To determine whether prior oral-contraceptive use has a negative effect on the ability of women to conceive in both the short-term and long-term.
The European Active Surveillance Study on Oral Contraceptives (EURAS-OC) was a controlled, prospective, noninterventional cohort study of 59,510 users of oral contraceptives containing drospirenone or other progestins in clinical practice in seven European countries. In a planned secondary analysis, pregnancy outcomes were investigated in 2,064 participants in EURAS-OC who stopped oral-contraceptive use after study entry because of planned pregnancy. The influence of age, parity, progestin type, ethinylestradiol dose, duration of oral-contraceptive use, and smoking status on the rate of pregnancy was assessed.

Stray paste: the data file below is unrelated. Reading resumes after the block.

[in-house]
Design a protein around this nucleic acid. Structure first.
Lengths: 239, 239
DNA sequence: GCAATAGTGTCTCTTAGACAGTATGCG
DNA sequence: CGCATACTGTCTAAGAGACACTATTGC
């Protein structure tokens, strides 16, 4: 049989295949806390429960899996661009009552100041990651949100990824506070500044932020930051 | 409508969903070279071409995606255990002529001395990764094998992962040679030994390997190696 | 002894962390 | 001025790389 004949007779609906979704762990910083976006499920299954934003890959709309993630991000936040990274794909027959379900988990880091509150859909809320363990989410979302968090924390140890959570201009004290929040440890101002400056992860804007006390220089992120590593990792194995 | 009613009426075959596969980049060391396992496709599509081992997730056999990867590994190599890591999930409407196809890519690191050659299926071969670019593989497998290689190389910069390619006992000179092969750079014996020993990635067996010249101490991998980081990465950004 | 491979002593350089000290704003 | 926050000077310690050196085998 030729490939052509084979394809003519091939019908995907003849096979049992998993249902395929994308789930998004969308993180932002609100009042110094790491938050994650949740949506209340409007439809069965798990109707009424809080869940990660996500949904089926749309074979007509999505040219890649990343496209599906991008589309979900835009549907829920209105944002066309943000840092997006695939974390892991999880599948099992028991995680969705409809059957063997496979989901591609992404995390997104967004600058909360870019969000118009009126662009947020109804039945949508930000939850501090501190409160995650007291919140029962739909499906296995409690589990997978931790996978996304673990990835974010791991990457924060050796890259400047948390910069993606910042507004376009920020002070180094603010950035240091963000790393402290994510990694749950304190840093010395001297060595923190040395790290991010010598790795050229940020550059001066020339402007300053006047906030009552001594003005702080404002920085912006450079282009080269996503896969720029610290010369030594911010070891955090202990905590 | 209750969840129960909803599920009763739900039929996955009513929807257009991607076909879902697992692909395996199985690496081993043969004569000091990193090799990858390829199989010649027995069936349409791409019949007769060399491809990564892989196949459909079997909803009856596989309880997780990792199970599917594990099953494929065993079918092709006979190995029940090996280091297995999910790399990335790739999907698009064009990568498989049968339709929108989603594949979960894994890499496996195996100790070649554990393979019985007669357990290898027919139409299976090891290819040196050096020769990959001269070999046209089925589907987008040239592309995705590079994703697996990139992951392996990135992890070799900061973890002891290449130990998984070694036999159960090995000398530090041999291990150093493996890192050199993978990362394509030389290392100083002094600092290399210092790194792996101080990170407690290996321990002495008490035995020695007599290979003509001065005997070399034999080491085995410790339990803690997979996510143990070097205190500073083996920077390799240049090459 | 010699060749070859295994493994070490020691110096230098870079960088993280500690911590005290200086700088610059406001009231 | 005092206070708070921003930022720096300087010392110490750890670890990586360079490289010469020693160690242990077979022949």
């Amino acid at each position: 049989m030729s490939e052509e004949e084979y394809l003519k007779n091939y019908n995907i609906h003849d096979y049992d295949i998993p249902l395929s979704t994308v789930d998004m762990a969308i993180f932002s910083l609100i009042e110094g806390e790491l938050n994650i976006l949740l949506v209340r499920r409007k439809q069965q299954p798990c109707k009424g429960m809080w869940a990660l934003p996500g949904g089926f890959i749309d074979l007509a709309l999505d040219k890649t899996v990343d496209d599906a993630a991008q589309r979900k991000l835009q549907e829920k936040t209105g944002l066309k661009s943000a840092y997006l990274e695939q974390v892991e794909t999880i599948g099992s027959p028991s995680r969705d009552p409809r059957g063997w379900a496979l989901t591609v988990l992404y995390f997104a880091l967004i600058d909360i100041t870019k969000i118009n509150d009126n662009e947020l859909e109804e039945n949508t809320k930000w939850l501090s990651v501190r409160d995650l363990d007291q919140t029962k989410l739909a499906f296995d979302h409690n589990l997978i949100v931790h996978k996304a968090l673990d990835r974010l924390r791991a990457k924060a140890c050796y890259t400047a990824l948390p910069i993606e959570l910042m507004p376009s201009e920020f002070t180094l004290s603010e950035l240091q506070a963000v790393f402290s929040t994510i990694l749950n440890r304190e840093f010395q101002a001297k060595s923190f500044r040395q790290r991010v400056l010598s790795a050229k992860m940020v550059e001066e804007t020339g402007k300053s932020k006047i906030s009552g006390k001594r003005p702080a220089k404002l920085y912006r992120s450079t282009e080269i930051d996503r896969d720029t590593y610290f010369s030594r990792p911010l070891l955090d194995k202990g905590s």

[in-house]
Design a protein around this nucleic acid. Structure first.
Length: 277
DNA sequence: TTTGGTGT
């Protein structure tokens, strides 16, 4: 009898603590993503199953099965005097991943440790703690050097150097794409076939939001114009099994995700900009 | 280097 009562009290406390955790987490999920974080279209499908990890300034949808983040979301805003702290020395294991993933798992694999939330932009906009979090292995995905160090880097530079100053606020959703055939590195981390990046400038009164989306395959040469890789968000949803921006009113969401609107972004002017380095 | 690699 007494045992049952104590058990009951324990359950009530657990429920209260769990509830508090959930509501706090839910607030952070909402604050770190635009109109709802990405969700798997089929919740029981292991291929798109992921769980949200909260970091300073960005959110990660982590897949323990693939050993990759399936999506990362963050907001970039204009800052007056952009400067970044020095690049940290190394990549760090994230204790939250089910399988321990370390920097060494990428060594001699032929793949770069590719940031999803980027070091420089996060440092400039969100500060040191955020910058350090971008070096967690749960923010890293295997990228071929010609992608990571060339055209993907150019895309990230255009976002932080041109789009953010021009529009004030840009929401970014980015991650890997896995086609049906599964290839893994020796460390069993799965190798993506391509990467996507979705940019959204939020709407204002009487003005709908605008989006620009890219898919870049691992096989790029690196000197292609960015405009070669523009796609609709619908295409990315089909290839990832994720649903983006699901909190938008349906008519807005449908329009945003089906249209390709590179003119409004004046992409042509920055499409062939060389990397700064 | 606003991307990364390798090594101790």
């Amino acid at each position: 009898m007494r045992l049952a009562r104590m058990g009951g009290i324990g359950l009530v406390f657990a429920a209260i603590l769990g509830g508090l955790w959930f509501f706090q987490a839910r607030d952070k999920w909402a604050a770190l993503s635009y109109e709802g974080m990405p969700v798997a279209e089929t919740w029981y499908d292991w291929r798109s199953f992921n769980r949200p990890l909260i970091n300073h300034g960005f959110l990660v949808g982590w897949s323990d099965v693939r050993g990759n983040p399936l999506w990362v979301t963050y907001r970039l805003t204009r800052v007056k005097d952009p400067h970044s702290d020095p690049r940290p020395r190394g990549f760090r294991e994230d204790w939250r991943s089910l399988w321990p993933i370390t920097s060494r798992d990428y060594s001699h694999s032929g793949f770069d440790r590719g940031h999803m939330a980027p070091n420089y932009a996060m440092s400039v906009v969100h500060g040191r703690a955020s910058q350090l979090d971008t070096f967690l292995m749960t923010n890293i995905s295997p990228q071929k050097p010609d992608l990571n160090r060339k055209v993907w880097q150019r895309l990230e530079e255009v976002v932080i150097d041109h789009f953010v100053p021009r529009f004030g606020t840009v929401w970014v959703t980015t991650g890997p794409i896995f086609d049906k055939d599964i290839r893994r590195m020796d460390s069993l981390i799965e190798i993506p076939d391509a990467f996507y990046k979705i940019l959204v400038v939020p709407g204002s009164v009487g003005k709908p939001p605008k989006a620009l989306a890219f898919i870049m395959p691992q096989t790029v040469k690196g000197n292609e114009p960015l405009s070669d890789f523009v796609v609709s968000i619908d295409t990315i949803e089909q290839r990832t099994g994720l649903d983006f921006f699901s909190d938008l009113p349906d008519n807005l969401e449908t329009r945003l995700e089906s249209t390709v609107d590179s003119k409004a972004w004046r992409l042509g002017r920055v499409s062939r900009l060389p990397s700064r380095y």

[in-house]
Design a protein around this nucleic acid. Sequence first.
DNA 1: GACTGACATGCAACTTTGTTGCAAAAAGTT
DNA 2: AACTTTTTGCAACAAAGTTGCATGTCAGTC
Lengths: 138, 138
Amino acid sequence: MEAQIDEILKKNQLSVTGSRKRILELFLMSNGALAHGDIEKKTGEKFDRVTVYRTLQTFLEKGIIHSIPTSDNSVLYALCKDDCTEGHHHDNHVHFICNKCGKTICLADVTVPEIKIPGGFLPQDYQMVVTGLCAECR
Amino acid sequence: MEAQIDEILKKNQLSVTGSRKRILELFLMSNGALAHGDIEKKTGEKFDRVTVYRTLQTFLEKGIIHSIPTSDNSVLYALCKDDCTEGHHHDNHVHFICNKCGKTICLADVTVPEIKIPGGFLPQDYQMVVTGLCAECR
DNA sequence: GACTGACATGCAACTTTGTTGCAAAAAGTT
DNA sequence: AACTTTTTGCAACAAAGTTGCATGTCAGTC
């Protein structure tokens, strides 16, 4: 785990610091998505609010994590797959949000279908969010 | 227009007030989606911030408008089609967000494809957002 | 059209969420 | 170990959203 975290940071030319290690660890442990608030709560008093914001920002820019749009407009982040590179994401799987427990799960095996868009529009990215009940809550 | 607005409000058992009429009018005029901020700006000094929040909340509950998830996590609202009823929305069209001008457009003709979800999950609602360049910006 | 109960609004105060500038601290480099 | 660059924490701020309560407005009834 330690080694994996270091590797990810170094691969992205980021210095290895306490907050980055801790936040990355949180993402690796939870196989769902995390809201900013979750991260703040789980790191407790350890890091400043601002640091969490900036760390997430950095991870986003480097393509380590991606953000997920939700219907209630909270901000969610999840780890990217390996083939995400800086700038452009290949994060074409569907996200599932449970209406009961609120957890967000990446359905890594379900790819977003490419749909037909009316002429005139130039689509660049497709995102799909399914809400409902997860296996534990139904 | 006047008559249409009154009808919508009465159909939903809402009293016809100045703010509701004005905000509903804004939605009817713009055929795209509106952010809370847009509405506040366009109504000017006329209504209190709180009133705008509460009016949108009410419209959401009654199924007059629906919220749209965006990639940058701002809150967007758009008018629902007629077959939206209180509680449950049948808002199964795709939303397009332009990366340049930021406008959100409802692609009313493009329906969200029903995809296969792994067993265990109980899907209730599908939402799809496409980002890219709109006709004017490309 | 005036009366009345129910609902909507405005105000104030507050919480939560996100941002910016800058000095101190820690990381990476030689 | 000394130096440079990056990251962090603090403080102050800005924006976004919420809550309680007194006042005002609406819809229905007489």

Overall, 21.1% (95% confidence interval [CI] 19.4–23.0%) of the past oral-contraceptive users were pregnant one cycle after oral-contraceptive cessation. This rate increased to 79.4% (95% CI 77.6–81.1%) at 1 year (13 cycles). Progestin type, ethinylestradiol dose, duration of oral-contraceptive use, and parity had no major influence on the rate of pregnancy after oral-contraceptive cessation. Up to age 35 years, age had only a minor influence on the rate of pregnancy. Rates of pregnancy were reduced in women older than 35 years and in current smokers.
Previous oral-contraceptive use does not negatively affect initial and 1-year rates of pregnancy after oral-contraceptive cessation. A comparison of these data with data external to this study indicates that the negative effect of aging on fecundity is not amplified by oral-contraceptive use.
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